The land of Australia’s first walk off protesters recognised at native title determination
Nyamal Traditional Owners from Western Australia’s Pilbara region had their native title determination officially recognised at Shaw River on Tuesday.
The determination comes 73 years after Aboriginal pastoral workers led Australia’s first station walk off since colonisation across the Pilbara, two decades before the famous Wave Hill Walk Off in the Northern Territory.
On May 1, 1946, workers from approximately 27 different cattle stations walked off their stations and held a strike for proper wages – instead of the clothing, tobacco and flour they were being compensated with at the time.
Nyamal Traditional Owners Kevin Allen and Doris Eaton spoke to NIT about the Pilbara strike.
“They was sick of working [like] slaves, they knew someone was [paying] wages,” Mr Allen said.
Ms Eaton’s father, Ernie Mitchell, led the strike supported by fellow Nyamal man Peter ‘Kangkushot’ Coppin.
“What they did was … they set up themselves to become a politics people,” Ms Eaton said.
The two men gathered other workers and started having secret meetings to discuss the strike.
Nyamal man Clancy McKenna (Warntupungkarna) and Nyangumarta man Dooley Binbin were also key players in organising the strikes across the stations as, being able to speak multiple languages, they would deliver messages to workers planning to strike across the Pilbara.
Mr Allen said the group had a “unique way of meeting” – Dooley Binbin would ride his bicycle across the Pilbara to convey messages to workers at different stations and update them on plans and meetings for the strike.
“He had to go … all the way from 300 [kilometres] inland to tell the people in the communities … to say, ‘We’re going to meet there,’ … he went to all the stations,” Mr Allen said.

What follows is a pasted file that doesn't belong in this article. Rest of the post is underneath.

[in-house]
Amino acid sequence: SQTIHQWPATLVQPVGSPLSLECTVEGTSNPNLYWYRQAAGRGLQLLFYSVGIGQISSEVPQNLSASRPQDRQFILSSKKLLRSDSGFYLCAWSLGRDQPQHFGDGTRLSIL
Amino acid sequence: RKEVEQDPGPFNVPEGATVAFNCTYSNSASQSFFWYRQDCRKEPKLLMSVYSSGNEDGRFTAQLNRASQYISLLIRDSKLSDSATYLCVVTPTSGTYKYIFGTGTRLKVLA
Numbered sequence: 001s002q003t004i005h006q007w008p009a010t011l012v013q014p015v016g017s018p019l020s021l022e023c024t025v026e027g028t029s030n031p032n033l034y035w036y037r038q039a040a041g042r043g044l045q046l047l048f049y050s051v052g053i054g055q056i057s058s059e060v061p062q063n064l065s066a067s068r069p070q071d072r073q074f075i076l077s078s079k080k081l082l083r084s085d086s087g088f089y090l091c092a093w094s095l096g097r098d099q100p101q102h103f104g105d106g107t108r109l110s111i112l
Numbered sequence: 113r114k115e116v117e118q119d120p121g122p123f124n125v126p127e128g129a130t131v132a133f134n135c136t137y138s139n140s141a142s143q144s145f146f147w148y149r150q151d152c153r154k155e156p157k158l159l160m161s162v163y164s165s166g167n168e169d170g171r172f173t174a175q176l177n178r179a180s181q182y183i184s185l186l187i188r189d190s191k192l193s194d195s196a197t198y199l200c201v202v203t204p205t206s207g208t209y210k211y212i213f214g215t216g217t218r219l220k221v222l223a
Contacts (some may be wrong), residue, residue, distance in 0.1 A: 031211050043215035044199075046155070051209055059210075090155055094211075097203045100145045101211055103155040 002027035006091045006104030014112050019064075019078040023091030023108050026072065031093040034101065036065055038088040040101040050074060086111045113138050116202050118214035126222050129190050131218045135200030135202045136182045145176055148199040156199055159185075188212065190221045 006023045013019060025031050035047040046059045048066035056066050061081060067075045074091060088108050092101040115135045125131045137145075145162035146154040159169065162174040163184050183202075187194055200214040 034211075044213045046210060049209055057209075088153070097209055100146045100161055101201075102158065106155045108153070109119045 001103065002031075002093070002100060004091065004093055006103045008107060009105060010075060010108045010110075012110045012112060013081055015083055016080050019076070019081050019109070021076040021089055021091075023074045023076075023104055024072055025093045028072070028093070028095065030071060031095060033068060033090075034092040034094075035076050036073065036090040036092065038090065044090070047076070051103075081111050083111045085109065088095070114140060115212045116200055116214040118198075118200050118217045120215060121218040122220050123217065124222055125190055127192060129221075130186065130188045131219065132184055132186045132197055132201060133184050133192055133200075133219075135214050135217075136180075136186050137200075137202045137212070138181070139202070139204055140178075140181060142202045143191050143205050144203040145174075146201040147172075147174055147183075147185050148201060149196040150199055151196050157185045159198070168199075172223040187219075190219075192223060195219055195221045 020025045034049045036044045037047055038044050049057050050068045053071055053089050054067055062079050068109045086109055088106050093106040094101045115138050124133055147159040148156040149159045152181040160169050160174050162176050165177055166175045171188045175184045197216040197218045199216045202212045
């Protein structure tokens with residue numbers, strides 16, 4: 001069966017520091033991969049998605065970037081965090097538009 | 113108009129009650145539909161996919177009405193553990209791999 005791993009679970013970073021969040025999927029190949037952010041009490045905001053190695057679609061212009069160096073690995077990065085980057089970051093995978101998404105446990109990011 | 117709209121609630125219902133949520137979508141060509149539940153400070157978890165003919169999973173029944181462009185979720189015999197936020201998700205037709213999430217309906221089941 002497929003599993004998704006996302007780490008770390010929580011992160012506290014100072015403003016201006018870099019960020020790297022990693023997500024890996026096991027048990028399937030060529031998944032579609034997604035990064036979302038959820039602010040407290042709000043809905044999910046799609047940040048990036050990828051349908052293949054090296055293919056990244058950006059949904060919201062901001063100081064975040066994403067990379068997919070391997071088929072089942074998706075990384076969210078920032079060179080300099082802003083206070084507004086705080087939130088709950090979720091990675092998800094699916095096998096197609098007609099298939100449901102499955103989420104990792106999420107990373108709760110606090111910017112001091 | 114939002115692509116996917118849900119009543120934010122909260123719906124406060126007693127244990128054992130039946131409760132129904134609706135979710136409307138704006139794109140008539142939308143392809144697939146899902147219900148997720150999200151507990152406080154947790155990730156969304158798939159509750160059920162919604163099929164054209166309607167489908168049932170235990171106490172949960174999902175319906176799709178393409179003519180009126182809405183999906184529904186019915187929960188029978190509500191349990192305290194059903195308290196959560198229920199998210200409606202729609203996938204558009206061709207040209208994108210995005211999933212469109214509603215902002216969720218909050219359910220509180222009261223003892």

“They all decided to walk off the stations and gather at Twelve Mile [community outside of Port Hedland],” Mr Allen said.
Community activist from Meekatharra, Don McLeod also assisted in the 1946 strike and continued to support the Nyamal community’s plight long after.
“Don McLeod got ‘em all together, walked off the stations, and they all squatted on the Twelve Mile community,” Mr Allen said.
The May 1st strike of 1946 triggered a series of strikes throughout the late 1940s and early 1950s across the Pilbara and WA’s Midwest.
At the height of the strike period, approximately 800 Aboriginal workers had walked – crippling the pastoral stations that relied heavily on Aboriginal labour.
Although arrested and threatened, strike leaders and supporters Ernie Mitchell, Peter Coppin, Clancy McKenna, Dooley Binbin and Don McLeod never stopped fighting.
“They were fighting for equal opportunity,” Ms Eaton said.
Recognising the fight
The first claim for native title was submitted by Nyamal Traditional Owners in 1994 – two years after the ground-breaking Eddie Mabo case was won in the High Court.
Mr Allen said the initial Nyamal claim was much larger than the determination area awarded on Tuesday, at one point containing a strip of ocean.
“In [the early 2000s], that’s when we … started to do all the boundaries. We had to cut back, and we had arguments with the next-door neighbours, Ngarla and Kariyarra, and the Palyku mob,” Mr Allen said.
“We was fighting, fighting, fighting … we had to do that, two years of work negotiating until we got the boundaries written up … Nyamal was really bigger but we cut back to stop all the arguments,” Mr Allen said.
The Nyamal people were originally represented by the Aboriginal Legal Service until around 2000, when the newly founded Pilbara Yamatji Land Council (now Yamatji Marlpa Aboriginal Corporation) took over.
Since the Nyamal people removed Yamatji in 2016, Arma Legal has assisted the Traditional Owners in pushing their claim through.
Mr Allen said he was happy his mob are finally having their land recognised.
“[I] feel proud that we’re going to win something and make the next step,” Mr Allen said.
Ms Eaton had mixed emotions but was overall thrilled to finally have native title determination.
“I’m happy and I’m sad. Sad that we lost our old people [and they’re] not with us … [but] it’s a happy time, at least we got a right to negotiate with government … give us [the] right for our voice to be raised through the government system … so our next generation can plan things better,” Ms Eaton said.
“But for myself, I am happy … I’m over the moon we are getting determination. It’s a good thing.”
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